Sunday, September 23, 2012

thirty days of thirty years: twenty-nine

Year twenty-nine, age twenty-eight: September 2010-2011.

When Nathan and I moved to the mountains in Colorado, we dove right in to life. The day that we officially moved into our church house we knocked down at least one wall. We started up a new business recycling used automotive oil, which we aptly called, Green Thum. It took several months to start up, of course, so we were poor for a while and could only afford to entertain ourselves with free internet TV.

It was actually pretty easy to meet people and make friends in our small, mountain town. First off, it is a small town so it felt like everyone had heard of us, the couple that bought the old Presbyterian church, before they met us so many of our first interactions with people happened like this: Someone would come up to us and say, "Aren't you the couple that bought that old church?" and we would reply something like, "Yes, I'm Nathan and this is my wife, Ashley."

Nate and I also pursued the opportunity to be involved with Young Life in the valley, as it was just starting up for the first time in more than a decade. I, of course, have a huge heart for Young Life as it was one of the greatest influences on my life and Nathan has a heart for me, so he gave it a shot. Now, I kid you not, every time Nathan gives thanks for a meal that we are about to eat at our house, he prays for the high school kids in Grand County and asks that we can continue to be a part of what God is doing there.

There was definitely a time during our first, long winter in the mountains that Nathan deeply missed the place he called home and the people he called friends for the first thirty-one years of his life. It felt like we were floundering for a bit trying to start our business and we were inside at home pretty much all the time, escaping the snow and cold and working on one thing or another, so it was hard to tell when it was supposed to be time to relax.

But soon enough our business started to become more than a pipe dream and we started to meet people through Young Life and the churches we were visiting and this young-adult hang out that we would go to every couple weeks. So by the time January rolled around, Nathan was attending the first Bible study of his life and I found one as well. We were really starting to connect with people on a deeper level and these were people we could really call friends.

Toward the beginning of the year I was offered a part time position at Crooked Creek Ranch, the Young Life camp about twenty minutes away from my house. It turned out to be a really great job for me and it allowed me to still maintain my responsibilities as C.E.O. of Green Thum, which is my official title because I said so.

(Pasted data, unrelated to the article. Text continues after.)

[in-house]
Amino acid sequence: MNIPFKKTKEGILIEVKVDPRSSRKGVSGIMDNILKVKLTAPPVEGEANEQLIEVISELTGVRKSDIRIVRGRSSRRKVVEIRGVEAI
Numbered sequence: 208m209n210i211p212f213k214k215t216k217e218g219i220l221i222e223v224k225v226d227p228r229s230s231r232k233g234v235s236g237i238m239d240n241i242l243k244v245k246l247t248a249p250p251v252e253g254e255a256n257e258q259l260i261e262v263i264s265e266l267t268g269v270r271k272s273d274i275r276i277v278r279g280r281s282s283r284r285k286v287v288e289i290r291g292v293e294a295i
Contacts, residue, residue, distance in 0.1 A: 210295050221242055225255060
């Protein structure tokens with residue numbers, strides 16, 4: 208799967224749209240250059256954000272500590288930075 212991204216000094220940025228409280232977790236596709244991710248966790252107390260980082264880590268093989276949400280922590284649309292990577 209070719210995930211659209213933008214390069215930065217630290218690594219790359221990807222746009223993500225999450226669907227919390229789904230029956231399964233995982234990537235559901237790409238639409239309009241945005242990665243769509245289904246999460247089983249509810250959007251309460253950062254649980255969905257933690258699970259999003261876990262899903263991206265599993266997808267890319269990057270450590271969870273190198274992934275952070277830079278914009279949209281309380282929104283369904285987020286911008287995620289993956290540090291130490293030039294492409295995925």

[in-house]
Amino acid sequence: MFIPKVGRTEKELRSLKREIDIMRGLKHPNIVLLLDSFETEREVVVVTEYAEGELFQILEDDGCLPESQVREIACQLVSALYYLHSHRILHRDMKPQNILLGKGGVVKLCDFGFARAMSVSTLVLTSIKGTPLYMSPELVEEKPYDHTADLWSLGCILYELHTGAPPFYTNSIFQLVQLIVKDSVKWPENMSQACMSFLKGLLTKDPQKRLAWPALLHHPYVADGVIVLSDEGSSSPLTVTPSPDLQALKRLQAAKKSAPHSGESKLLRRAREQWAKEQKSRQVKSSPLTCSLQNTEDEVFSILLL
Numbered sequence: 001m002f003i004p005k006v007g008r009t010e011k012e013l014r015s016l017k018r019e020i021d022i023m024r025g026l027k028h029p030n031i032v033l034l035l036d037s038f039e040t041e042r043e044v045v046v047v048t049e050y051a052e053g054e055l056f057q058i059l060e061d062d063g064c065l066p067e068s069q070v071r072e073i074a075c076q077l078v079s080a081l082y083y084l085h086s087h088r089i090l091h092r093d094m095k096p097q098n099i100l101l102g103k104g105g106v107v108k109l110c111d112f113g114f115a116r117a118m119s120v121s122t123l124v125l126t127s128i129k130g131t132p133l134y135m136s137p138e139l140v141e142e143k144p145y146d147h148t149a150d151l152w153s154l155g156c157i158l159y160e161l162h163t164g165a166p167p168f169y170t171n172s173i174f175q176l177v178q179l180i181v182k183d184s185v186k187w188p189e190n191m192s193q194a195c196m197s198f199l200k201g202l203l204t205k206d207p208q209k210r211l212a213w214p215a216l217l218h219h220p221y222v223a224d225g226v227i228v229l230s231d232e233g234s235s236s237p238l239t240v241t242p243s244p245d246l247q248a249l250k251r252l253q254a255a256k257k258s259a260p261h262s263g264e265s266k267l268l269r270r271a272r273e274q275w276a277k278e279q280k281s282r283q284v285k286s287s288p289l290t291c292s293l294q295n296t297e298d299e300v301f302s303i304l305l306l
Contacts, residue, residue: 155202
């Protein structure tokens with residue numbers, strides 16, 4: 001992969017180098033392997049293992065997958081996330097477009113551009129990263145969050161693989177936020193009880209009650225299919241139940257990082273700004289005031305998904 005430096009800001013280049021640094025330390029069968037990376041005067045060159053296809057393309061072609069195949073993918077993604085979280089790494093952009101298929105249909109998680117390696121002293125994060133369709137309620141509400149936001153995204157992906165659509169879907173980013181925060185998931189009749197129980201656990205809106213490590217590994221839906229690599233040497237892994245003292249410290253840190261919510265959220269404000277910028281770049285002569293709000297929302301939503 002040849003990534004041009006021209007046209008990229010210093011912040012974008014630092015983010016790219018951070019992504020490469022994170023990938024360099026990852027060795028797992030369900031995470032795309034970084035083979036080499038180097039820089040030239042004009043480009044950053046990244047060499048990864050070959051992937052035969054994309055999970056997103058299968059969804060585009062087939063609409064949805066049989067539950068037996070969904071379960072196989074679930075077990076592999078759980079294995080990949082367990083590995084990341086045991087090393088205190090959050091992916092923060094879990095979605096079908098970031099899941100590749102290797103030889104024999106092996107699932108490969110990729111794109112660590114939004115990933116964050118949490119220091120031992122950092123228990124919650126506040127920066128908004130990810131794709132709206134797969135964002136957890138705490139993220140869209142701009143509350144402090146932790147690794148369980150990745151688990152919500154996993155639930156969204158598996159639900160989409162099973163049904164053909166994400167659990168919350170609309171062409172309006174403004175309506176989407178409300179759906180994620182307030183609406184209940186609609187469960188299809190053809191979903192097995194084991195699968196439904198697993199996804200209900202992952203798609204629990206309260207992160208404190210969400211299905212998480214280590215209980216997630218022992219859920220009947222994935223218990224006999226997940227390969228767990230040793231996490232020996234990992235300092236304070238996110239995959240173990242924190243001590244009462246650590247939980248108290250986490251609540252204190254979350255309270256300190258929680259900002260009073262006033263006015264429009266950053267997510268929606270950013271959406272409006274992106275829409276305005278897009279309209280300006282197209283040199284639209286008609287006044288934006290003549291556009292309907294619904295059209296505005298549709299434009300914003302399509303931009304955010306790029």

It was during this year that I really started to feel this sense that so much of the waiting I had done for all those years in my early- to mid-twenties was for such a time as this. I was finally getting the satisfaction and joy from my jobs that every person wishes they could have. I was in a happy, happy marriage with a person who is 100% right for me and we had three wonderful pets. I had many wonderful friends, both near and far away, and a home and community in a place that inspires me. I even felt like, after I had married into a wonderful family, I had a mom for the first time in my life.

It's not that I looked around and thought to myself, "I've arrived," but I definitely thought, "now, I see."  Now I see how the heartache and loss and longing were meant to do something in me rather than to me.  Now I see how all those jobs and adventures were equipping me to be successful, even-- or, especially--  if it weren't in a traditional way. Now I see how it didn't really matter where I lived because I will end up where I belong when the time is right.

There was a time last year when I felt like I wanted to write everyone who had supported me during my internship year at Frontier Ranch and thank them for that, because in supporting a wandering twenty-one year-old, they had given me the opportunity to end up where I am in this time. I think it is important to support people in whatever they feel purposeful about because it gives us the opportunity to be a part of that greater purpose. When I look back on all the people who gave me financial support, prayers, late night phone calls, a couch to crash on, words of encouragement and station wagon moving services, I want to bottle up my blessings and give each of them a drink because that is their victory, too.


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